add r<region>z<zone>-<ip>:<port>/<device_name>_<meta> <weight>
       add -r <region> -z <zone> -i <ip> -p <port> -d <device_name> -m	<meta>
       -w <weight>
	    Adds  a  device  to	the ring with the given	information. No	parti-
	    tions will be assigned to the new device until after running  're-
	    balance'.  This is so you can make multiple	device changes and re-
	    balance them all just once.

       create <part_power> <replicas> <min_part_hours>
	    Creates <builder_file> with	2^<part_power> partitions and  <repli-
	    cas>.   <min_part_hours>  is  number of hours to restrict moving a
	    partition more than	once.

       list_parts <search-value> [<search-value>] ..
	    Returns a 2	column list of all the partitions that are assigned to
	    any	 of  the  devices  matching the	search values given. The first
	    column is the assigned partition number and	the second  column  is
	    the	 number	 of device matches for that partition. The list	is or-
	    dered from most number of matches to least.	If there are a lot  of
	    devices to match against, this command could take a	while to run.

	    Attempts  to  rebalance  the  ring	by reassigning partitions that
	    haven't been recently reassigned.

       remove <search-value>
	    Removes the	device(s) from the ring. This should normally just  be
	    used for a device that has failed. For a device you	wish to	decom-
	    mission, it's best to set its weight to 0, wait for	 it  to	 drain
	    all	its data, then use this	remove command.	This will not take ef-
	    fect until after running 'rebalance'.  This	is  so	you  can  make
	    multiple device changes and	rebalance them all just	once.

       set_info	<search-value> <ip>:<port>/<device_name>_<meta>
	    Resets  the	 device's  information.	This information isn't used to
	    assign partitions, so you can use 'write_ring'  afterward  to  re-
	    write  the	current	ring with the newer device information.	Any of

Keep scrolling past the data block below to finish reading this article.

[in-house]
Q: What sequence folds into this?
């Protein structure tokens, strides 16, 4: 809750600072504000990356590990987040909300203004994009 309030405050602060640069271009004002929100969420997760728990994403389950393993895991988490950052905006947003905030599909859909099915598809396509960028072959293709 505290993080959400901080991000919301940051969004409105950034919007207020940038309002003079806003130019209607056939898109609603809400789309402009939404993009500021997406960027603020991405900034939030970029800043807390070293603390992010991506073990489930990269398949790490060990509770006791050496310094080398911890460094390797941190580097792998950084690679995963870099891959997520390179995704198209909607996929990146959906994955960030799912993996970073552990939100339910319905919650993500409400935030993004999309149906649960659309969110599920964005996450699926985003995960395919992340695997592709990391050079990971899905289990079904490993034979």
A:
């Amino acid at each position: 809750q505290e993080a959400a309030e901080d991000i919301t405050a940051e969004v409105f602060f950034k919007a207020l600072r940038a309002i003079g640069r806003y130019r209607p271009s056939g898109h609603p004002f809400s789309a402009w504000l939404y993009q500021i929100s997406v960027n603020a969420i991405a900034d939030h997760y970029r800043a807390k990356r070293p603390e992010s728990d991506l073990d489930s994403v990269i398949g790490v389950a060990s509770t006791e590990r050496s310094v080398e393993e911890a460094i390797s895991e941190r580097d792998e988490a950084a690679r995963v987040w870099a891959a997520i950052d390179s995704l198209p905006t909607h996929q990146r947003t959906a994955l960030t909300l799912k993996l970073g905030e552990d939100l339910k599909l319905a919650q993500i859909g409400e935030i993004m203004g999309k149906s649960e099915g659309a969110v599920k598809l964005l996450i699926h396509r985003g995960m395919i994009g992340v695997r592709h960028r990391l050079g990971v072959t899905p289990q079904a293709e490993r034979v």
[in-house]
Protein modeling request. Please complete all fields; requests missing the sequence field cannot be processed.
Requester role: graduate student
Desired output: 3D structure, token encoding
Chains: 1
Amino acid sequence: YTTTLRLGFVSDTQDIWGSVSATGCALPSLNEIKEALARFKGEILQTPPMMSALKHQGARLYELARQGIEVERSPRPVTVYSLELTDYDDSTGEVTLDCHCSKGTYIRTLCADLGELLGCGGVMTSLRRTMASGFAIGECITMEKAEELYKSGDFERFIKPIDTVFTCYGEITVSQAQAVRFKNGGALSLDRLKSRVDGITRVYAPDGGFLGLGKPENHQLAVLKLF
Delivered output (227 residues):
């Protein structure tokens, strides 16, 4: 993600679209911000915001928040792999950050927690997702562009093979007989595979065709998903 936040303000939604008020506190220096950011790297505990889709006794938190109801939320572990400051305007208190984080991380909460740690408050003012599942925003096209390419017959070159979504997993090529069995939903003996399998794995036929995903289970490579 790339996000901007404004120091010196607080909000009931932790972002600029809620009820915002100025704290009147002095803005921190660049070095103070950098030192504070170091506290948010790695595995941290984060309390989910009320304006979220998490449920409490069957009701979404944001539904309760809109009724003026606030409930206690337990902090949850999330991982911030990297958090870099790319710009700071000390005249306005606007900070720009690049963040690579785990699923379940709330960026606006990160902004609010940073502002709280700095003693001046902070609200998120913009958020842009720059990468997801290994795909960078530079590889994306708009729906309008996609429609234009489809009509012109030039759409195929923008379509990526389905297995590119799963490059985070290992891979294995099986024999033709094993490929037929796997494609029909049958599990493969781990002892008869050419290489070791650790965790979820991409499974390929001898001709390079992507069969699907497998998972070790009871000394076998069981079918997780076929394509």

the	  parts	  are	optional   in	the   final   <ip>:<port>/<de-
	    vice_name>_<meta>  parameter;  just	 give what you want to change.
	    For	instance set_info d74 _"snet:" would just  update  the
	    meta data for device id 74.

       set_min_part_hours <hours>
	    Changes  the <min_part_hours> to the given <hours>.	This should be
	    set	to however long	a full replication/update cycle	 takes.	 We're
	    working on a way to	determine this more easily than	scanning logs.

       set_weight <search-value> <weight>
	    Resets the device's	weight.	No partitions will be reassigned to or
	    from the device until after	running	'rebalance'. This  is  so  you
	    can	make multiple device changes and rebalance them	all just once.

	    Just runs the validation routines on the ring.

	    Just  rewrites the distributable ring file.	This is	done automati-
	    cally after	a successful rebalance,	so really this is only	useful
	    after one or more 'set_info' calls when no rebalance is needed but
	    you	want to	send out the new device	information.

       Quick list: add create list_parts rebalance remove search set_info
		   set_min_part_hours set_weight validate write_ring

       Exit codes: 0 = ring changed, 1 = ring did not change, 2	= error

       More in depth documentation about the swift ring	 and  also  Openstack-
       Swift  as  a  whole  can	 be  found at
       the-rings and

Linux				   8/26/2011		 swift-ring-builder(1)